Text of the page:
First of all, how are you and your family doing in these COVID-19 times?
James Webster: Thank you for asking; we’re doing well. We live on the edge of the Cotswolds in the UK, and we’re hugely thankful to have a beautiful landscape on our doorstep.
Tell us about you, your career, how you founded sheepCRM.
James Webster: I’ve spent nearly all my career working for startups. I joined an online bookseller in 1999 as their 3rd UK software developer. The team I joined was responsible for expanding their product databases into Music and DVDs. I spent almost ten years with Amazon.co.uk, and last I heard, they were still doing quite well… I learnt so much at Amazon, but I left wanting to bring some of their software expertise to smaller organizations.
Sheep (sheepCRM) started as a side project in 2011 to help out a good friend running a local Youthwork & Outdoor Education charity. I intended to help him move to Salesforce but quickly realized that although SF is a brilliant product, it’s not a great fit for everyone.
Sheep is a CRM (Customer Relationship Management) system but what I’d stumbled onto was the need for a CRM that’s about more than sales. With sheepCRM, we wanted to build a platform that could manage the rich data for all kinds of people: members, donors, volunteers, attendees (and customers). We knew it had to be really flexible and cope with all the different ways of capturing people’s data. We wanted to leverage the powerful community of tools already out there.
How does sheepCRM innovate?
James Webster: Our approach to innovation is rather old-fashioned – we just listen to our customers repeatedly until we really understand their needs. Then we build a solution that is as simple as we can make it. Innovation can often just mean removing one step from a process to make it simpler.
We’ve also tried hard to work with the best of breed SaaS products rather than try to build our own equivalent. Investing in deep integrations with Mailchimp, Xero, Stripe, GoCardless, and Eventbrite has multiplied our own innovations.
How the coronavirus pandemic affects your business, and how are you coping?
James Webster: We’re a fully remote, cloud-hosted database so working from home and serving our customers remotely was normal. However, when the pandemic hit, we watched as a project after project got pulled by customers. As a board, we took a collective gulp and wondered where this was heading. Fortunately, it was just a blip, and 2020 growth bounced back and has exceeded our pre-pandemic plans.
Did you have to make difficult choices, and what are the lessons learned?
James Webster: We decided very early on in lockdown to adapt our software and make it available to Mutual Aid groups to help them coordinate local COVID-19 support. That wasn’t a difficult choice. The harder choice was continuing to support them as demand rebounded. We put the whole team under a lot of pressure. I’m not sure we have learned the lesson (in the sense that we would do it again), but we have come through a bit wiser.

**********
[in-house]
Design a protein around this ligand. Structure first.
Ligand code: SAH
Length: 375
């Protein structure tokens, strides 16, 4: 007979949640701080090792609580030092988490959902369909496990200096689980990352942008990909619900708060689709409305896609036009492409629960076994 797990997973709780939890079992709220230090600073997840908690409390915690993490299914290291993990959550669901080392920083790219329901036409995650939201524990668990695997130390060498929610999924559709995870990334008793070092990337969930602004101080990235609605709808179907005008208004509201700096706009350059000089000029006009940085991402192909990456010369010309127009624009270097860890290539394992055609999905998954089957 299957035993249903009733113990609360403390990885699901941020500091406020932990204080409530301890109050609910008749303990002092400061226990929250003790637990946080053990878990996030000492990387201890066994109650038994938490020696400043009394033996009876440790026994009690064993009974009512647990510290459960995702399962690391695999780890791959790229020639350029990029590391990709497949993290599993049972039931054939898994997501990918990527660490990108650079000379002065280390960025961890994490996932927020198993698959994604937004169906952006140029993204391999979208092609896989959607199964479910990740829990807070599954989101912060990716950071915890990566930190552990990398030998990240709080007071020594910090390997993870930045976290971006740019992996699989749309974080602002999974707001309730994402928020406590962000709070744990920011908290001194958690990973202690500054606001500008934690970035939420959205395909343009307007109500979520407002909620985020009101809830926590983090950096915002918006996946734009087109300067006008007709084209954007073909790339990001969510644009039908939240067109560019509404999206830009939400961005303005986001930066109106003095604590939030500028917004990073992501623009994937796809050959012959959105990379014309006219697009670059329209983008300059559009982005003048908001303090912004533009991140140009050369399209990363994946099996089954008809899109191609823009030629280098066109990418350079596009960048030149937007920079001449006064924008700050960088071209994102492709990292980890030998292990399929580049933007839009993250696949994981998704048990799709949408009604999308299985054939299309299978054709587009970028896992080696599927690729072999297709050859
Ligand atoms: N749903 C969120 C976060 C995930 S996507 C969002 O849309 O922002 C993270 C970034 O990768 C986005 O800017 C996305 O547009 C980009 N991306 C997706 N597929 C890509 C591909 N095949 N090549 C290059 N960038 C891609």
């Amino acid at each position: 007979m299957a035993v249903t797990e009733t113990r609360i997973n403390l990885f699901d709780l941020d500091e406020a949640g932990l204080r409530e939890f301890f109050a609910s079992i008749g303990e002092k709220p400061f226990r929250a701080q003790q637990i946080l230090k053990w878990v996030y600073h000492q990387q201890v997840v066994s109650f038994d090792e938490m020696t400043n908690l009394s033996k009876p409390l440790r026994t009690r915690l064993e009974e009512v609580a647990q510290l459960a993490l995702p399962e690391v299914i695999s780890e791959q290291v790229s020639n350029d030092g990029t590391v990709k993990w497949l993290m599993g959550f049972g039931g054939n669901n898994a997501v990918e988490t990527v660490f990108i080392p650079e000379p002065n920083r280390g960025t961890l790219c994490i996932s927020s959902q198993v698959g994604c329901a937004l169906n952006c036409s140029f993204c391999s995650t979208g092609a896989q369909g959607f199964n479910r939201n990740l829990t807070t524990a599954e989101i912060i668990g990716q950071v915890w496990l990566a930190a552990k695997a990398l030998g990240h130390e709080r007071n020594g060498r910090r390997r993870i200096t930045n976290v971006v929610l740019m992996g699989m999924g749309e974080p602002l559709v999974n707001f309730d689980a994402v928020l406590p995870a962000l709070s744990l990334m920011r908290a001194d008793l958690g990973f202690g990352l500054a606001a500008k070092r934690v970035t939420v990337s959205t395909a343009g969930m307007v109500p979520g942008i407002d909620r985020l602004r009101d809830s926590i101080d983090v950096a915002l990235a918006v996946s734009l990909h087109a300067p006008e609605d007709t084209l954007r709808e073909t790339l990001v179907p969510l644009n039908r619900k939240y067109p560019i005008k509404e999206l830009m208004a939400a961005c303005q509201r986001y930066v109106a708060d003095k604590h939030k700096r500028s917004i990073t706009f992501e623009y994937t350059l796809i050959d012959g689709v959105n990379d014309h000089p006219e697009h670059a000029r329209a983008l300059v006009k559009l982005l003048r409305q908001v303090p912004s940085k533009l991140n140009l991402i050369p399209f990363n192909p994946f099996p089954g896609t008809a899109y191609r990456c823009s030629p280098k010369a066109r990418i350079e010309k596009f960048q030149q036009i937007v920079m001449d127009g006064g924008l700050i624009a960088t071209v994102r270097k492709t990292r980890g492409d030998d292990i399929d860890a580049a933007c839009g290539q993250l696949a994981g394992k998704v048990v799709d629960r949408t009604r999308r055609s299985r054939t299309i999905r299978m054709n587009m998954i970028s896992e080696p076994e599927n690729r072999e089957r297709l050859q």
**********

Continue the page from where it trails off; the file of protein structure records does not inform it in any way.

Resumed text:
How do you deal with stress and anxiety?
James Webster: For seven years, I was a solopreneur, but in 2018 I merged the company after meeting a couple of brothers, Will & Joe, working in the same space. Will heads up Sales and Marketing, and Joe manages all our Operations, leaving me to focus on my real passion – technology. Reducing the breadth of my responsibility has been wonderful for both stress and anxiety.
The first (UK) lockdown was a nice opportunity to reset my morning habits. I start the day with a strong cup of tea and some quiet time in my favorite chair, followed by a run. Work starts a bit later but often with a clearer focus. I’ve removed social media and work email from my phone and batched my emails into fixes slots in the day. My frenetic, multi-tasking younger self would be appalled, but I have come to love routine.
Who are your competitors? And how do you plan to stay in the game?
James Webster: There are an enormous number of CRMs out there, but most are sales focused. The membership CRM market is a bit smaller, and Wild Apricot is probably the most well-known. However, we’re really competing with spreadsheets, websites that have over-reached, and old legacy bespoke databases.
Your final thoughts?
James Webster: From the business side, this unusual season has reinforced the need to have a laser like focus on your numbers and the fundamentals that underpin the business.
Personally, it’s been another reminder not to take the family for granted.
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